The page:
In the electric cars market things are speeding up

14 November 2017

Winds of change are sweeping across the transportation industry, with electric cars increasingly gaining mainstream acceptance. Led by Tesla, which has set the trend of looking towards electric vehicles, the number of these cars on roads rocketed to about 2 million at the end of 2016.  This is according to the International Energy Agency (IEA). A record was set in 2016, with over 0.75 million new registrations, over 40% of which were in China.  Bloomberg New Energy Finance (BNEF), say electric cars will account for about 54% of  new car sales globally by 2040. They predict  the price of batteries, a key cost component, will decline dramatically in the future, and in about two decades sales of electric vehicles will overtake those using internal combustion engines.

The value of government support

Another key driver for the shift towards electric cars is government support, through incentives and subsidies.  China recently issued a regulation requiring most automakers to sell a minimum number of new-energy vehicles every year from 2019.  Car manufacturers need to obtain a minimum ‘credit score’ or face fines.  Norway, the most successful in terms of market share across the country, is considering terminating sales of gasoline and diesel vehicles by 2025.  Electric cars are exempt from car-purchase tax and the 25% sales tax applicable to all goods. Additionally, charging at municipal power points is free, and electric cars can use bus lanes. Similarly, electric vehicle momentum is picking up in the US too. The government currently grants incentives to owners in the form of tax credits amounting to a maximum of $7,500.  In Europe, Britain has joined France in pledging to end new petrol and diesel car sales by 2040.

Considering the growth potential for electric cars, most global automobile majors are vying for a share of the expanding market.  Numbers for the seven months to July this year indicate that Tesla, a player focused on the electric cars segment, is the market leader. However, key players in the global marketplace also include BMW, BYD, BAIC, Nissan, Toyota and Chevrolet.


Tesla has been a trend setter in the electric cars marketplace and its cars are known for exceptional performance, functionality and styling.  Owned by billionaire Elon Musk, it dominates the electric cars market in the US and sold over 45% of all such vehicles in the country during the first half of this year.  Its products include the Model S and Model X, which compete in the extremely competitive premium sedan market and the new Model 3, a budget version sedan designed for the mass market.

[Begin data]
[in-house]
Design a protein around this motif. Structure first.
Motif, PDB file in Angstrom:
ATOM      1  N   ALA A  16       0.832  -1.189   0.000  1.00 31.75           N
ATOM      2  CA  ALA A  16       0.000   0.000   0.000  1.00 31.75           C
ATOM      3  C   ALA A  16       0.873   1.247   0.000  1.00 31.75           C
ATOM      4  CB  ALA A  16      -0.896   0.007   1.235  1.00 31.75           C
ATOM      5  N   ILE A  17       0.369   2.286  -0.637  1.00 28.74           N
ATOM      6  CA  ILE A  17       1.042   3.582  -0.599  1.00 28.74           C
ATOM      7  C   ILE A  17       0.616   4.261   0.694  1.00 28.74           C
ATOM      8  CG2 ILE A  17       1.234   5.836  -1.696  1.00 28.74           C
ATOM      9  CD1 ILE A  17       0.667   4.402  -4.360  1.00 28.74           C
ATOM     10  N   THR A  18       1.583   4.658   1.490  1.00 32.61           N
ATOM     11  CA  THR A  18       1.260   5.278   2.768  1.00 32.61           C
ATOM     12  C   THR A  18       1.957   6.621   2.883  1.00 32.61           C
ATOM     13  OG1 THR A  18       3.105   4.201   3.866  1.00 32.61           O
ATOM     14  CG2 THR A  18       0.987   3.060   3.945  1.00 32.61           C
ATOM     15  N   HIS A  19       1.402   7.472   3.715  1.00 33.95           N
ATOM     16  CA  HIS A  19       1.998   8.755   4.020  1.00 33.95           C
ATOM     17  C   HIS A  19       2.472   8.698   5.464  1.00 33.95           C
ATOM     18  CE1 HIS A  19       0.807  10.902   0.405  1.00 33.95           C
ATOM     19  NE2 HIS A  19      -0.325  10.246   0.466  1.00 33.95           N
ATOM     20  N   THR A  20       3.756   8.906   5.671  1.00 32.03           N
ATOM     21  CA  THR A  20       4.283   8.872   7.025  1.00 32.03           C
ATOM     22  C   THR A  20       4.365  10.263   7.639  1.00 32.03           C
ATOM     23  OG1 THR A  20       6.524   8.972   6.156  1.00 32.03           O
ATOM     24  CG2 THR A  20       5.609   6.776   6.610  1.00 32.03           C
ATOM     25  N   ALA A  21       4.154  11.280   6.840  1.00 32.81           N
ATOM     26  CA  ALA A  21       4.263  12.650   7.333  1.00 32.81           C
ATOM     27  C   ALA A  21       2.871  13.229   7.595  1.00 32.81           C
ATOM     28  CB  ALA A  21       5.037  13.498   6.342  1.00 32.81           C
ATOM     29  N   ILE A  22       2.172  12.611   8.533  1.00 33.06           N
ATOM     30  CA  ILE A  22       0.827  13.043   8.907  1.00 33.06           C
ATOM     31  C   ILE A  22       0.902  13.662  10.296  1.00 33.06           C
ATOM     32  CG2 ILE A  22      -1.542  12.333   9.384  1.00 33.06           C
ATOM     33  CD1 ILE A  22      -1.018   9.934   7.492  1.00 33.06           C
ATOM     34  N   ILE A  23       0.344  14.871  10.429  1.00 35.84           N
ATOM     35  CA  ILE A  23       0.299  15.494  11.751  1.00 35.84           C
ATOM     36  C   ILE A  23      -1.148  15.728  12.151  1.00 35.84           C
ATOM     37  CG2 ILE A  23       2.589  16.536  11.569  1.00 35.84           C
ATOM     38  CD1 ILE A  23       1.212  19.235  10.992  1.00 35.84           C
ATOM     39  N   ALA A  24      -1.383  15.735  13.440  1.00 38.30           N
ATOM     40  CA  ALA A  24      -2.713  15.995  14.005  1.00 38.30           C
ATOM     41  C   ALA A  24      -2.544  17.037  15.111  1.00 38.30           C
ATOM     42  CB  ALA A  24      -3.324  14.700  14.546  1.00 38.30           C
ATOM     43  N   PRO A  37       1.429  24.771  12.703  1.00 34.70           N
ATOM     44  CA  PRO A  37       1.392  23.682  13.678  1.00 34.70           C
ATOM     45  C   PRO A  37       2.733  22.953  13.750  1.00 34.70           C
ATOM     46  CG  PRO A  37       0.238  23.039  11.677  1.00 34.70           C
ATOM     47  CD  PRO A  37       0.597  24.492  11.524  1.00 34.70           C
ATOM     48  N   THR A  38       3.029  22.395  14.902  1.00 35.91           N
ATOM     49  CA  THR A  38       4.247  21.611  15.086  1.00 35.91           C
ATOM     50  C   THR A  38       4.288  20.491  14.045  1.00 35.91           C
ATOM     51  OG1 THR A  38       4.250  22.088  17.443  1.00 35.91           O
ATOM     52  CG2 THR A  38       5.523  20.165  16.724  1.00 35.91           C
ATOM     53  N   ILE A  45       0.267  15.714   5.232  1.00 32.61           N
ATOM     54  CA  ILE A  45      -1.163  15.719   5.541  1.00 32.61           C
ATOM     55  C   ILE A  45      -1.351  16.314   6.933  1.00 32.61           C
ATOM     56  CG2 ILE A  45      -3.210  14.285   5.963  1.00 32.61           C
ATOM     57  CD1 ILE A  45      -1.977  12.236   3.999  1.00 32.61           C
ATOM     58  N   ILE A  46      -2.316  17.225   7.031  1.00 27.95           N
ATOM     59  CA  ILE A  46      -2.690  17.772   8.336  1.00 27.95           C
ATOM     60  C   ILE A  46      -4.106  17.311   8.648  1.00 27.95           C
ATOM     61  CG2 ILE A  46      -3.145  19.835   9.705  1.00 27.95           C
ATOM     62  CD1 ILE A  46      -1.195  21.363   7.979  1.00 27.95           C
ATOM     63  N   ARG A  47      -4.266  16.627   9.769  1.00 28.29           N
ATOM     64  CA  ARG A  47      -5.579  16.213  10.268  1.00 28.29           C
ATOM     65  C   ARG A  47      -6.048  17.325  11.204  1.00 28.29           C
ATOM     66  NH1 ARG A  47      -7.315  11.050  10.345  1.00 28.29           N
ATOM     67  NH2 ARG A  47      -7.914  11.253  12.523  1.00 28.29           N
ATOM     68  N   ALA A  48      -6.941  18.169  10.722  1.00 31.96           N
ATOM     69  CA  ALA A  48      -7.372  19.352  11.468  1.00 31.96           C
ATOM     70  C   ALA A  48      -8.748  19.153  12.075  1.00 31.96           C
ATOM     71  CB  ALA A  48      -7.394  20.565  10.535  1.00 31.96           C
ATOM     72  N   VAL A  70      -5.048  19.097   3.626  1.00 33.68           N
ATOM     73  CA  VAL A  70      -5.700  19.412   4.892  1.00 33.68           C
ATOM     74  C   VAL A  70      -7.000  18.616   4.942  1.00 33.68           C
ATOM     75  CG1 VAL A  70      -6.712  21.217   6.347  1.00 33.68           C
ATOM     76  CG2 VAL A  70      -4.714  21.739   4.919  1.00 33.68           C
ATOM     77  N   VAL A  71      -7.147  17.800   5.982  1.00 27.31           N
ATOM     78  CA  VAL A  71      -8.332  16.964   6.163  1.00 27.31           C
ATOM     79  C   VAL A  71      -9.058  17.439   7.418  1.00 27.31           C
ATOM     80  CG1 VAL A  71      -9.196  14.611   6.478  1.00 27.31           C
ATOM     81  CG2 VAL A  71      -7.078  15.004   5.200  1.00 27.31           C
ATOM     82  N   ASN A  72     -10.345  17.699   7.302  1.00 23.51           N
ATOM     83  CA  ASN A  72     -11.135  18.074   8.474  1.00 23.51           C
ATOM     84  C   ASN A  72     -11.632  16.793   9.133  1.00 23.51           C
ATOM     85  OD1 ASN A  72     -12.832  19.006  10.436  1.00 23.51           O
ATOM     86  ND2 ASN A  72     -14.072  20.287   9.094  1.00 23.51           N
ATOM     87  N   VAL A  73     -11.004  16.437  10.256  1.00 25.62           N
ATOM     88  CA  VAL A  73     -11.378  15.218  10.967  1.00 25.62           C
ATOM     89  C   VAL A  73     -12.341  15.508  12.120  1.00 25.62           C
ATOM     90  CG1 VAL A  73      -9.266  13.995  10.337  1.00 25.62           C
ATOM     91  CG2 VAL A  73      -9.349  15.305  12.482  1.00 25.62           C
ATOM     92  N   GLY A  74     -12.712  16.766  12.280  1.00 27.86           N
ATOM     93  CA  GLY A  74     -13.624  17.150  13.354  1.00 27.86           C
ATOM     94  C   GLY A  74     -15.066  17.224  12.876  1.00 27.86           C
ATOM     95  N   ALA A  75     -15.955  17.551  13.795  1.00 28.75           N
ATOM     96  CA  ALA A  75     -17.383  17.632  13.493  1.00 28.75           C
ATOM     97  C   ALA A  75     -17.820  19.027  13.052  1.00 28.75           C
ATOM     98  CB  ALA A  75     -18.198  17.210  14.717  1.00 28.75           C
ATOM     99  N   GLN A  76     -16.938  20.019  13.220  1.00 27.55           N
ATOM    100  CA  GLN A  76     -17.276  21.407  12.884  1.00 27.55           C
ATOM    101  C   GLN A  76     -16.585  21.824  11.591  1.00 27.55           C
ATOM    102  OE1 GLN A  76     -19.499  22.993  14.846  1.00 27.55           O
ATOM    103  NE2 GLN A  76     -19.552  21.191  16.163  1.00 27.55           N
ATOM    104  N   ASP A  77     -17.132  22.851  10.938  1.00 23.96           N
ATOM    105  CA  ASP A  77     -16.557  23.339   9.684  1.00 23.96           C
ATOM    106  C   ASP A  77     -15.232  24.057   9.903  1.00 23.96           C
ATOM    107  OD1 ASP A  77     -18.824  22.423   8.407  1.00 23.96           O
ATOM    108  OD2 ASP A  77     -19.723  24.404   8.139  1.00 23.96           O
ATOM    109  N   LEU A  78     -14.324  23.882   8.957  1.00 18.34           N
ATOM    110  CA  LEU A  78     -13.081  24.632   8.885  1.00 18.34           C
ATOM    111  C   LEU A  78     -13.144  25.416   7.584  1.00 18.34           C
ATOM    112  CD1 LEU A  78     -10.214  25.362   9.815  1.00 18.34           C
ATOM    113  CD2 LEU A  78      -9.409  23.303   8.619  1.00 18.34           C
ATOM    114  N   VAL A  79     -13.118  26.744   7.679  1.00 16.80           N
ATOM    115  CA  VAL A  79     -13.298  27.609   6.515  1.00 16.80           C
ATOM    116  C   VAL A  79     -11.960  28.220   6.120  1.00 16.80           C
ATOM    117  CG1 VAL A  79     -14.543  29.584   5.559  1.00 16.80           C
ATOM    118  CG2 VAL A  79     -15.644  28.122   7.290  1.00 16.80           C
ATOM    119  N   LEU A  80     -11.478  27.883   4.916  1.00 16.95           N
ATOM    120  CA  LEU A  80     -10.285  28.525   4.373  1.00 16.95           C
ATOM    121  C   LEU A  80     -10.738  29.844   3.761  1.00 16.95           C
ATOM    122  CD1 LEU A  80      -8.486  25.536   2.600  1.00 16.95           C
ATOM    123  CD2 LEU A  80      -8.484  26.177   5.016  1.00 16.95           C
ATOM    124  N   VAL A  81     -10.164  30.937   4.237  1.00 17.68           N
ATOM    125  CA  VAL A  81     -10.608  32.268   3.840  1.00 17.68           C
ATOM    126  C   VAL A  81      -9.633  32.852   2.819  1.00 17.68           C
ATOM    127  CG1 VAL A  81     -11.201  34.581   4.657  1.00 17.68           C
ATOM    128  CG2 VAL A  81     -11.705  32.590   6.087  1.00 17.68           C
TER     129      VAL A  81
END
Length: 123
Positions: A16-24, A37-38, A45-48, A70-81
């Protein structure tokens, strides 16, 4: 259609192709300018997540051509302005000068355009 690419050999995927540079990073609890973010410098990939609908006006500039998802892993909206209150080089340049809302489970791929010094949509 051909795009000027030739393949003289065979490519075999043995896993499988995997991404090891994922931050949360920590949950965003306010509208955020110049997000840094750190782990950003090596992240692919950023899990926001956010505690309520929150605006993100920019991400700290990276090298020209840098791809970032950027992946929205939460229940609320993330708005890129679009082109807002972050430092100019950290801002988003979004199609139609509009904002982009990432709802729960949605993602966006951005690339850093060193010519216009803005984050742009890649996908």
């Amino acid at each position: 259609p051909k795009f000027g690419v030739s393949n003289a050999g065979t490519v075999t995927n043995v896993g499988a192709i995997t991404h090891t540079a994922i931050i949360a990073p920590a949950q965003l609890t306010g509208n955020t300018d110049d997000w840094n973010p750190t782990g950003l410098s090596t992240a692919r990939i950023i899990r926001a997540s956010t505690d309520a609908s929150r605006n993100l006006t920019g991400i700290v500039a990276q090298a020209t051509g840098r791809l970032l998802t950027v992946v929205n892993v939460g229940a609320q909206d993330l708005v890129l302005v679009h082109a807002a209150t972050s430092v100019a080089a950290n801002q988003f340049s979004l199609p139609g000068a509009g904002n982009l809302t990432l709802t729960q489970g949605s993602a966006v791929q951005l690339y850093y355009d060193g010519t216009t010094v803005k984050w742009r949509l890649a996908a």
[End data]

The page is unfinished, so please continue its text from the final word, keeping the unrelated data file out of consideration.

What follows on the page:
In 2016, Tesla reported revenue of $7 billion, as deliveries of its new Model X SUV ramped up steeply during the year. Especially relevant is their gross profit which surged 73%, from $924 million in 2015 to $1.6 billion. Tesla delivered just over 76,000 vehicles in 2016, up 51% compared to 2015.

Tesla has aggressive ramp-up plans for the next two years. Aiming to manufacture 5,000 Model 3’s a week by the end of 2017, they’ll ramp up to 10,000 in 2018. Following the launch of Model 3, Tesla plans to introduce vehicles for a broader cross-section of the consumer vehicle market. Self-driving cars and a semi-truck are also on the anvil.

Competitors are getting their act together

Competitors also have aggressive plans for the market. BMW will offer 12 electric car models by 2025, bringing a wireless charging pad to the market in 2018.  Aiming at 30% of their output by 2022, the Renault-Nissan alliance is also pushing forward.  They’ve established a joint venture with Dongfeng Motor in China, developing a mini-SUV to go into production in 2019.  BYD, the leading Chinese electric cars manufacturer, backed by Warren Buffett, will introduce new models to their market through a joint venture with Daimler.  The BYD chairman has predicted that all new vehicles in China will be electric by 2030.  Ford has entered into a joint venture with China based Zotye Auto to build electric passenger cars.  Among others, Volkswagen plans to develop four affordable electric vehicles in the coming years as part of its goal to sell over 2 million battery-powered vehicles a year by 2025.

In light of the global push to replace fossil fuels with alternatives, the electric car market holds enormous potential.  A successful transition from conventional vehicles now depends on how fast the electric car industry can improve affordability for consumers.  Car companies are investing aggressively in technology and preparing themselves for the dramatic market shift. This will be a key market on investor radar for the coming decades.